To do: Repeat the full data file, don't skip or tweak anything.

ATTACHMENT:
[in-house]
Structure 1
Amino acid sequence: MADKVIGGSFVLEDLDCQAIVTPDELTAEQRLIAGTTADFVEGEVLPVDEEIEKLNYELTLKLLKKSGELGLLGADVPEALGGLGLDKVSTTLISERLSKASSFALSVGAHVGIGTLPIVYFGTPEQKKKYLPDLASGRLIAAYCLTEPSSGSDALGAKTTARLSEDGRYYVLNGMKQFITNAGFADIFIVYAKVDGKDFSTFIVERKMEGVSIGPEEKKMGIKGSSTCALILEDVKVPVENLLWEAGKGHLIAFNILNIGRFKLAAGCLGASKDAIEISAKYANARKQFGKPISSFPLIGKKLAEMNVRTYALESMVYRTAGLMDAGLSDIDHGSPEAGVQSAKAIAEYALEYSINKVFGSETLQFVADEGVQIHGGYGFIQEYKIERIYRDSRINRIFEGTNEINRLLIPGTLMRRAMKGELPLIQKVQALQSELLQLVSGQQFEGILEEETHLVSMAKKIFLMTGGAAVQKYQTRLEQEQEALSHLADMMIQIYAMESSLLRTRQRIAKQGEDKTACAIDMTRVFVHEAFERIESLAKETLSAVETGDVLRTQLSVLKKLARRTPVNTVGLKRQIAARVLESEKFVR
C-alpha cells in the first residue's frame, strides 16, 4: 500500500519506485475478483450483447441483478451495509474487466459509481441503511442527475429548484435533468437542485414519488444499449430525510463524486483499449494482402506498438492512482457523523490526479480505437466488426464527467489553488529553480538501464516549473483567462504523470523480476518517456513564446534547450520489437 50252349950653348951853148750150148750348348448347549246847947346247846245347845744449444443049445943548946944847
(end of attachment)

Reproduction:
[in-house]
Structure 1
Amino acid sequence: MADKVIGGSFVLEDLDCQAIVTPDELTAEQRLIAGTTADFVEGEVLPVDEEIEKLNYELTLKLLKKSGELGLLGADVPEALGGLGLDKVSTTLISERLSKASSFALSVGAHVGIGTLPIVYFGTPEQKKKYLPDLASGRLIAAYCLTEPSSGSDALGAKTTARLSEDGRYYVLNGMKQFITNAGFADIFIVYAKVDGKDFSTFIVERKMEGVSIGPEEKKMGIKGSSTCALILEDVKVPVENLLWEAGKGHLIAFNILNIGRFKLAAGCLGASKDAIEISAKYANARKQFGKPISSFPLIGKKLAEMNVRTYALESMVYRTAGLMDAGLSDIDHGSPEAGVQSAKAIAEYALEYSINKVFGSETLQFVADEGVQIHGGYGFIQEYKIERIYRDSRINRIFEGTNEINRLLIPGTLMRRAMKGELPLIQKVQALQSELLQLVSGQQFEGILEEETHLVSMAKKIFLMTGGAAVQKYQTRLEQEQEALSHLADMMIQIYAMESSLLRTRQRIAKQGEDKTACAIDMTRVFVHEAFERIESLAKETLSAVETGDVLRTQLSVLKKLARRTPVNTVGLKRQIAARVLESEKFVR
C-alpha cells in the first residue's frame, strides 16, 4: 500500500519506485475478483450483447441483478451495509474487466459509481441503511442527475429548484435533468437542485414519488444499449430525510463524486483499449494482402506498438492512482457523523490526479480505437466488426464527467489553488529553480538501464516549473483567462504523470523480476518517456513564446534547450520489437 50252349950653348951853148750150148750348348448347549246847947346247846245347845744449444443049445943548946944847